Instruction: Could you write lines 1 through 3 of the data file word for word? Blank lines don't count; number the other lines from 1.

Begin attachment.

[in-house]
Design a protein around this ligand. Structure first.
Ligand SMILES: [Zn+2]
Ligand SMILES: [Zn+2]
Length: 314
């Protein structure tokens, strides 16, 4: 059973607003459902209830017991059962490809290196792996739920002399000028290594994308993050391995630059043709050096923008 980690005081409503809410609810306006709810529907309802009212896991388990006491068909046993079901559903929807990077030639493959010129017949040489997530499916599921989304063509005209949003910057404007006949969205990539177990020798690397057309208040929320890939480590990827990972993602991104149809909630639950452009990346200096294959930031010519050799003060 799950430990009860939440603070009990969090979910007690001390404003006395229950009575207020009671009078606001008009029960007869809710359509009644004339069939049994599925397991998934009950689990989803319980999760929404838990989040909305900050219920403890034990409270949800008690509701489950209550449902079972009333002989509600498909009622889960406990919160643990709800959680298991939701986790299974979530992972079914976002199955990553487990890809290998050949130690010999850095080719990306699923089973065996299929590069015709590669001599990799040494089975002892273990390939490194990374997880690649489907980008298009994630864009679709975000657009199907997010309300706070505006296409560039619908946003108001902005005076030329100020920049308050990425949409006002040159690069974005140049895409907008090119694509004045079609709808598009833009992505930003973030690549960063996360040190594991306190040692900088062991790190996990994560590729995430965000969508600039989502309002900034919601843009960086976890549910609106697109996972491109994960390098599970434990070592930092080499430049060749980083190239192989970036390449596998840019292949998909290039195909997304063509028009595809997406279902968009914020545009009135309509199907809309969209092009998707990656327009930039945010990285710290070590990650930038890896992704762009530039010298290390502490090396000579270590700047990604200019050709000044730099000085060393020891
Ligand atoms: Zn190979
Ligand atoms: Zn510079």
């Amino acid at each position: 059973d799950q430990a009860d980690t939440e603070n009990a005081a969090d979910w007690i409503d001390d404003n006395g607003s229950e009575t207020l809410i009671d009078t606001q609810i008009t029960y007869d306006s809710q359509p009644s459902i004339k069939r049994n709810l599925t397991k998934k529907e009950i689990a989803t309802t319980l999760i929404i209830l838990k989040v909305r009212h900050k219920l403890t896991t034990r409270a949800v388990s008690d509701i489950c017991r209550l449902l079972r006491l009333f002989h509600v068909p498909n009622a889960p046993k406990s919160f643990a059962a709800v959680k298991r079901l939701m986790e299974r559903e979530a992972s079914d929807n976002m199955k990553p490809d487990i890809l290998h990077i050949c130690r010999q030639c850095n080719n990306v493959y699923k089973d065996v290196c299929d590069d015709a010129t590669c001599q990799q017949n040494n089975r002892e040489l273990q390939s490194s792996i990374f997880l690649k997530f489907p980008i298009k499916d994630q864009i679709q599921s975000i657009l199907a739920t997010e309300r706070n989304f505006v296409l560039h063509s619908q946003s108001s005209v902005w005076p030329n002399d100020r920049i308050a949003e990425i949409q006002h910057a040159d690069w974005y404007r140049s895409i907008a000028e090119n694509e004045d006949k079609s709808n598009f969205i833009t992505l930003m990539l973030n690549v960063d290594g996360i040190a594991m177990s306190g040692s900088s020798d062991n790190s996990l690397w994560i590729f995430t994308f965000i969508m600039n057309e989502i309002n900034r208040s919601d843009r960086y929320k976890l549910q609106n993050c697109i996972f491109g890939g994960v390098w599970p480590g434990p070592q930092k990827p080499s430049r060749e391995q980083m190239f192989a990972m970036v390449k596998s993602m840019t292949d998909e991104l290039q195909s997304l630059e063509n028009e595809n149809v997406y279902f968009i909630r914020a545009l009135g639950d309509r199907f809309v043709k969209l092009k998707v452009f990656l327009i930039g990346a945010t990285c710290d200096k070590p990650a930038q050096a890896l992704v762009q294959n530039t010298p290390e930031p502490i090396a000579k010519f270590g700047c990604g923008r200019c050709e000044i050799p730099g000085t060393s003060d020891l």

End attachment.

[in-house]
Design a protein around this ligand. Structure first.
Ligand SMILES: [Zn+2]